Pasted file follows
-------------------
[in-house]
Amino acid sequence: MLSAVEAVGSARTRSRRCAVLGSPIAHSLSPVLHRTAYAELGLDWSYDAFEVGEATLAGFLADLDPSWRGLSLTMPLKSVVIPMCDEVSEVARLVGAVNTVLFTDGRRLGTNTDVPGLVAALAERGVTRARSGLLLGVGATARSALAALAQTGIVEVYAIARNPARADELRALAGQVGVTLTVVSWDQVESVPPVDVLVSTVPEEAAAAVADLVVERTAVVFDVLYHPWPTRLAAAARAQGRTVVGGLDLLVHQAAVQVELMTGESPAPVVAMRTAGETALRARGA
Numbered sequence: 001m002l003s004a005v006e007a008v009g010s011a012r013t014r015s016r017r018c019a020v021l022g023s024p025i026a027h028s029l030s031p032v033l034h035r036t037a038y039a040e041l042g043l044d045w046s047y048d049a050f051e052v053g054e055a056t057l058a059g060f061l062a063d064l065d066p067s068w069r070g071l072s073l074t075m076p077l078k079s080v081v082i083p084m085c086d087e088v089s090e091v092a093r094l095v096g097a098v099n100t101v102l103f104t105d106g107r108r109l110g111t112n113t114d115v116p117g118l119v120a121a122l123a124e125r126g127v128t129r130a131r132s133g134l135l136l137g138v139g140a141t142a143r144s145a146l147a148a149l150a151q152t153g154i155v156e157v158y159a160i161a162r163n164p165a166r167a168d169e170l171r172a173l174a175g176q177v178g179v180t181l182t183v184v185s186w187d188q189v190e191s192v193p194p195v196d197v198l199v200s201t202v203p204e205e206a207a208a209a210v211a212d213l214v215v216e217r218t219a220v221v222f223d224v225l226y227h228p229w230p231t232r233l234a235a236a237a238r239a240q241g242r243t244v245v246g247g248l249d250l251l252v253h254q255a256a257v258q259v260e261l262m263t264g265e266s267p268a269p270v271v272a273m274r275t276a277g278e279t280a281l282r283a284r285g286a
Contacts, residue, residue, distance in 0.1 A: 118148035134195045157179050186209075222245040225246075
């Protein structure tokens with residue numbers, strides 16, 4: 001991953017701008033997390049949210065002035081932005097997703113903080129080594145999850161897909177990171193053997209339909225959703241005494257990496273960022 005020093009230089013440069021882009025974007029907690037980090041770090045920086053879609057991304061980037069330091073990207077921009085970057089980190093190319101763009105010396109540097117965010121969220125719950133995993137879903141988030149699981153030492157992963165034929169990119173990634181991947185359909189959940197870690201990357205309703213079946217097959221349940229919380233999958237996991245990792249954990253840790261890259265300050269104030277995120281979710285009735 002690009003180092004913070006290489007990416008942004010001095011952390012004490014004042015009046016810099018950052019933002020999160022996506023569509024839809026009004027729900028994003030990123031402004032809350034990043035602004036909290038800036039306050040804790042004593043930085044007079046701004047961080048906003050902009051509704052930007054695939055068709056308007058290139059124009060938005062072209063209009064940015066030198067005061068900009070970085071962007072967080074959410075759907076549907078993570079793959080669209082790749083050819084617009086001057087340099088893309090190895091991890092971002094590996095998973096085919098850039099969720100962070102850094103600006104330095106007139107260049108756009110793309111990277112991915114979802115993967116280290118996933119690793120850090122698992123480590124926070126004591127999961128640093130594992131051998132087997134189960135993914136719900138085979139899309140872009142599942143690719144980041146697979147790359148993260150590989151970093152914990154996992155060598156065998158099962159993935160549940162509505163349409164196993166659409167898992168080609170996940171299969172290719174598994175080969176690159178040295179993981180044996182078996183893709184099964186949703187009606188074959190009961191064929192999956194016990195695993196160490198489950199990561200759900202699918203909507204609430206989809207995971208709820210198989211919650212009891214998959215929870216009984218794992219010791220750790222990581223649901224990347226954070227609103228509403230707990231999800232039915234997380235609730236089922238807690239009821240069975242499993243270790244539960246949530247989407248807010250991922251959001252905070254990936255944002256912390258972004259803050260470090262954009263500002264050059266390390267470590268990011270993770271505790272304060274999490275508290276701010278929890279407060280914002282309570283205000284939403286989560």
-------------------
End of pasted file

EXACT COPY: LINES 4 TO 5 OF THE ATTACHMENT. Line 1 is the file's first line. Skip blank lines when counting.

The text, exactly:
Contacts, residue, residue, distance in 0.1 A: 118148035134195045157179050186209075222245040225246075
């Protein structure tokens with residue numbers, strides 16, 4: 001991953017701008033997390049949210065002035081932005097997703113903080129080594145999850161897909177990171193053997209339909225959703241005494257990496273960022 005020093009230089013440069021882009025974007029907690037980090041770090045920086053879609057991304061980037069330091073990207077921009085970057089980190093190319101763009105010396109540097117965010121969220125719950133995993137879903141988030149699981153030492157992963165034929169990119173990634181991947185359909189959940197870690201990357205309703213079946217097959221349940229919380233999958237996991245990792249954990253840790261890259265300050269104030277995120281979710285009735 002690009003180092004913070006290489007990416008942004010001095011952390012004490014004042015009046016810099018950052019933002020999160022996506023569509024839809026009004027729900028994003030990123031402004032809350034990043035602004036909290038800036039306050040804790042004593043930085044007079046701004047961080048906003050902009051509704052930007054695939055068709056308007058290139059124009060938005062072209063209009064940015066030198067005061068900009070970085071962007072967080074959410075759907076549907078993570079793959080669209082790749083050819084617009086001057087340099088893309090190895091991890092971002094590996095998973096085919098850039099969720100962070102850094103600006104330095106007139107260049108756009110793309111990277112991915114979802115993967116280290118996933119690793120850090122698992123480590124926070126004591127999961128640093130594992131051998132087997134189960135993914136719900138085979139899309140872009142599942143690719144980041146697979147790359148993260150590989151970093152914990154996992155060598156065998158099962159993935160549940162509505163349409164196993166659409167898992168080609170996940171299969172290719174598994175080969176690159178040295179993981180044996182078996183893709184099964186949703187009606188074959190009961191064929192999956194016990195695993196160490198489950199990561200759900202699918203909507204609430206989809207995971208709820210198989211919650212009891214998959215929870216009984218794992219010791220750790222990581223649901224990347226954070227609103228509403230707990231999800232039915234997380235609730236089922238807690239009821240069975242499993243270790244539960246949530247989407248807010250991922251959001252905070254990936255944002256912390258972004259803050260470090262954009263500002264050059266390390267470590268990011270993770271505790272304060274999490275508290276701010278929890279407060280914002282309570283205000284939403286989560």